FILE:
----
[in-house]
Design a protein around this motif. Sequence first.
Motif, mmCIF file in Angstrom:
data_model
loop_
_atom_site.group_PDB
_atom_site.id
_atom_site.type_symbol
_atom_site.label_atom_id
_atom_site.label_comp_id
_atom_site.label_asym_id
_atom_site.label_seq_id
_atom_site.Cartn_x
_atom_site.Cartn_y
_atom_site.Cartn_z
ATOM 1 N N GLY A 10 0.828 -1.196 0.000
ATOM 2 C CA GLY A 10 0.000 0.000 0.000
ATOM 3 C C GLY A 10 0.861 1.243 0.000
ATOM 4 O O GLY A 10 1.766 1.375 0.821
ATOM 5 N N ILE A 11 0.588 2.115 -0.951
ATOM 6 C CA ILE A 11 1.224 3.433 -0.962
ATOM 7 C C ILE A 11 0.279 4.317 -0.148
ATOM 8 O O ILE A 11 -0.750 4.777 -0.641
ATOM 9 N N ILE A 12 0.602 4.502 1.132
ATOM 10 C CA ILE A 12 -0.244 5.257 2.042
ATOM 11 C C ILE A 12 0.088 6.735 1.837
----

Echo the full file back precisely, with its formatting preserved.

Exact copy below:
[in-house]
Design a protein around this motif. Sequence first.
Motif, mmCIF file in Angstrom:
data_model
loop_
_atom_site.group_PDB
_atom_site.id
_atom_site.type_symbol
_atom_site.label_atom_id
_atom_site.label_comp_id
_atom_site.label_asym_id
_atom_site.label_seq_id
_atom_site.Cartn_x
_atom_site.Cartn_y
_atom_site.Cartn_z
ATOM 1 N N GLY A 10 0.828 -1.196 0.000
ATOM 2 C CA GLY A 10 0.000 0.000 0.000
ATOM 3 C C GLY A 10 0.861 1.243 0.000
ATOM 4 O O GLY A 10 1.766 1.375 0.821
ATOM 5 N N ILE A 11 0.588 2.115 -0.951
ATOM 6 C CA ILE A 11 1.224 3.433 -0.962
ATOM 7 C C ILE A 11 0.279 4.317 -0.148
ATOM 8 O O ILE A 11 -0.750 4.777 -0.641
ATOM 9 N N ILE A 12 0.602 4.502 1.132
ATOM 10 C CA ILE A 12 -0.244 5.257 2.042
ATOM 11 C C ILE A 12 0.088 6.735 1.837